Developer: Digital Legends Entertainment
Publisher: Digital Legends Entertainment
Genre(s): Shooter, 3rd Person, Online, Multiplayer
Platform: Nintendo Switch (Also available on Android, IOS)
Age Rating: PEGI 16
Release Date: 30/03/21
A code was provided for review purposes
Afterpulse is a third-person multiplayer shooter that made its debut on mobile devices. As a primarily free-2-play title, Afterpulse features your typical team deathmatch style gameplay with the added extra of buying extra cosmetics and weapons with your hard-earned cash. Afterpulse on the Nintendo Switch offers the same experience, yet asks for a hefty £17.99 upfront cost for the pleasure. So, is it worth it? Well, come with me as I find out…
Afterpulse doesn’t divulge too much of its story but this is what I gathered from the titles description on the Nintendo Store. In the near future, an electromagnetic pulse changes the state of power throughout the world. With tensions running high, the remaining world powers deploy elite combat squads to tip the odds in their favour. With time running out, it’s time to choose between keeping the fragile peace – or ignite the largest war the world has ever seen. On paper, it sounds quite fun but aside from this brief intro, the story is mainly set aside for the players own interpretation.
The gameplay of Afterpulse sees players taking part in various 4-v-4 battles via online multiplayer. Where other games of the genre see you taking part in meaningful battles that have some weight to them, Afterpulse‘ gameplay is extremely bare and shows its mobile roots. Controls are incredibly simple with mobility being limited to running. You’re unable to do much else, with your character forgetting how to do other basic human functions. Combat is also oversimplified with the game employing the worlds greatest auto-aim.
The auto-aim function is hilarious and takes what little fun Afterpulse gives us away. To be a killing machine, all you need to do is roughly point your reticule at an enemy player then hold the fire button and the game does the rest. You’re also able to utilize a rudimentary aiming system by holding the ZL button, but the auto-aim is so precise you never have to aim – this also applies to the games many sniper rifles.
Whilst the very generous auto-aim no doubts work well on a mobile, with the Switch it feels a little too simple. I’m not the greatest multiplayer player but in the majority of the matches I played, I was the MVP by a clear mile. This could be due to being matched with mobile players as Afterpulse doesn’t match Switch and mobile players into different queues.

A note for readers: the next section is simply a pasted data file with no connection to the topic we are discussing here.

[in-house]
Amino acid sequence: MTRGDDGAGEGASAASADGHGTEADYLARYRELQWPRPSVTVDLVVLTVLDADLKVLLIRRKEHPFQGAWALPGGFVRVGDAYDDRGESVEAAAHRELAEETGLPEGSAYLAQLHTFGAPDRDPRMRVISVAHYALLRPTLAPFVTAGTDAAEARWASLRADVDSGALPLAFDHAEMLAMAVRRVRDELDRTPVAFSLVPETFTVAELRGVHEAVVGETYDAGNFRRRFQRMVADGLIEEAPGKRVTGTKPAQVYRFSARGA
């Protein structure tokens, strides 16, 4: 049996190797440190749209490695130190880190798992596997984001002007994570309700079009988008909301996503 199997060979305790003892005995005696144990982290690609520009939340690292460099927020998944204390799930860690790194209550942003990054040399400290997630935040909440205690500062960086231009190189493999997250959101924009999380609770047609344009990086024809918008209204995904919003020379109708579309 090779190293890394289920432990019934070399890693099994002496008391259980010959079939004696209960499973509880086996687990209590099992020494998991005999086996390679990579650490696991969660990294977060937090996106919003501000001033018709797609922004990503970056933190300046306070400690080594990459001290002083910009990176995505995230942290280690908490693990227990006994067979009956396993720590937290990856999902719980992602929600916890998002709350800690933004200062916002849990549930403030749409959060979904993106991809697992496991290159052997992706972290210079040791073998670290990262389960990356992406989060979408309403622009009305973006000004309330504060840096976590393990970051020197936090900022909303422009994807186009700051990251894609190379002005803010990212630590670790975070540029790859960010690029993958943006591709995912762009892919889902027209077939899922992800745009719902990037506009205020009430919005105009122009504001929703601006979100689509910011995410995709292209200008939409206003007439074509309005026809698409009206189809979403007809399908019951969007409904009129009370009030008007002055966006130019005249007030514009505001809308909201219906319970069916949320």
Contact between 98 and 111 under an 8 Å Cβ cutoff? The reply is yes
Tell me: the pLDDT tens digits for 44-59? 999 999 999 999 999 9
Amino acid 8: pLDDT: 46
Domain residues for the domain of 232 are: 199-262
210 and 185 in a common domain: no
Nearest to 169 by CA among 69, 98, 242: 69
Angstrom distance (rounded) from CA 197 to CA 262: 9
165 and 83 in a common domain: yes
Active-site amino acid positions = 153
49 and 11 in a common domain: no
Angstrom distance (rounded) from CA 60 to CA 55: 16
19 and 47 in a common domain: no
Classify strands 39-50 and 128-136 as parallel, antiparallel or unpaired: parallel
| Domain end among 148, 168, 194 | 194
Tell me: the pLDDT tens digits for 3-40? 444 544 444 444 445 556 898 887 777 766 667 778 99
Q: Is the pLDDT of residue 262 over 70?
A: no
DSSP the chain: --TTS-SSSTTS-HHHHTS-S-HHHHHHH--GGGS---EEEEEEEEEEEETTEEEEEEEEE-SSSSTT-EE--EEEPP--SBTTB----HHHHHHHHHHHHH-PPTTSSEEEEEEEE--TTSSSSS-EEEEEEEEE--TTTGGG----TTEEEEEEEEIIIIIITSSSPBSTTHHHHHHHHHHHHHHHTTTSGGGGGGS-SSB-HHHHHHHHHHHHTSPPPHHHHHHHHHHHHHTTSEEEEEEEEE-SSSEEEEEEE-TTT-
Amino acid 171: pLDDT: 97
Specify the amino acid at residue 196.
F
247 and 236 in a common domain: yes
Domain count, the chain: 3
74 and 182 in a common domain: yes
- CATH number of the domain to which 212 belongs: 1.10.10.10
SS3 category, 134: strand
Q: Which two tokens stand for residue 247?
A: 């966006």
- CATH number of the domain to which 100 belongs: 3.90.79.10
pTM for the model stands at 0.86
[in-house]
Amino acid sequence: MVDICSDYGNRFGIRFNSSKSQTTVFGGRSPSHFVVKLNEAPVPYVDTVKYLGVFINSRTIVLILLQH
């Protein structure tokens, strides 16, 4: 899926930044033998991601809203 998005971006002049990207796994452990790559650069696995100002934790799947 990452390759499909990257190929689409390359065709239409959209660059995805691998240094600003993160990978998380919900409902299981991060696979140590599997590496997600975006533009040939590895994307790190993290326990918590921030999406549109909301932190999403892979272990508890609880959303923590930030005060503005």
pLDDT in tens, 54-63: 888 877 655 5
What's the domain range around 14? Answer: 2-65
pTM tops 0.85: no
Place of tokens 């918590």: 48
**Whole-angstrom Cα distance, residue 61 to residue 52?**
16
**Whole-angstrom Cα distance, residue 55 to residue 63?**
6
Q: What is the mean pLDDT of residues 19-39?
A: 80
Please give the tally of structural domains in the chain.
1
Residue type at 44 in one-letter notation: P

Visually Afterpulse feels very much like a PS Vita title. It’s incredibly bland with a lot of uninspired environments and characters. Textures are very rough and suffer from bad pop-up. Character animations are also incredibly stiff, with the simplest actions looking like they’re being performed by a robot. These downfalls could be overlooked if the gameplay was engaging. Yet it all comes together into a bland and uninteresting experience.
Whilst the Nintendo Switch isn’t the most powerful console, it is considerably more powerful than most mobile phones. This means that Afterpulse should perform fairly well on the more capable hardware. Unfortunately, this isn’t the case. Loading times can take anywhere between 1-2 minutes. Whilst this doesn’t seem long – it is if you’re just waiting. Match times are also around 3-4 minutes, so you’re quite literally spending the same amount of time playing as you are waiting for the game to load each match.
However, it’s not all bad. Whilst the game isn’t optimised for the Switch, the console handles it incredibly well. Whilst I wouldn’t recommend playing this one in docked mode, the handheld mode is where Afterpulse “shines”. But considering its mobile heritage then that’s to be expected right?
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One big bug bearer I had is that unless you create an account with Digital Legends, you’re locked out of every game mode except training. While creating an account allows you to carry progress over from both versions of the title, it forces this upon you. I would have preferred if this was an optional request, rather than forcing you to do so.
I’m not one to normally mention prices in my reviews, but Afterpulse is the exception. On mobiles, the game is free-to-play and gains its revenue from the sale of the dreaded Loot Box. However, for the same experience, the Switch version costs a whopping £17.99. While this does grant you a few unlocks, everything is so simple it hardly seems worth it.
Everything about Afterpulse is tailored towards a “freemium” mobile title. There’s various different currencies that can be earned in-game or via many boosters that are on the eShop. More puzzling is the addition of a stamina system, which is mentioned yet never enforced. I would assume that this part of the mobile version that’s bled over in the port?
As with every ‘freemium’ title, there’s quite a lot of items to be unlocked. These range from guns, to armour and cosmetics. Each item has a stat attached to it and can be levelled up to unlock additional power. Whilst this borders on an almost “pay to win” aspect, the amazing auto-aim removes any advantage from the equation.
After Action Report
Afterpulse is a title that I can’t recommend any Switch player buys. The whole experience is incredibly bland with some terrible animations and lacklustre visuals. Whilst the free-to-play business model may work for mobile players. It doesn’t suit the Nintendo Switch. There are at least two free-to-play titles on the Switch which apply the same style, yet are far more enjoyable.
Rapid Reviews Rating
Afterpulse is available now and can be purchased from the Nintendo Switch eShop here
You can find and read our reviews on OpenCritic.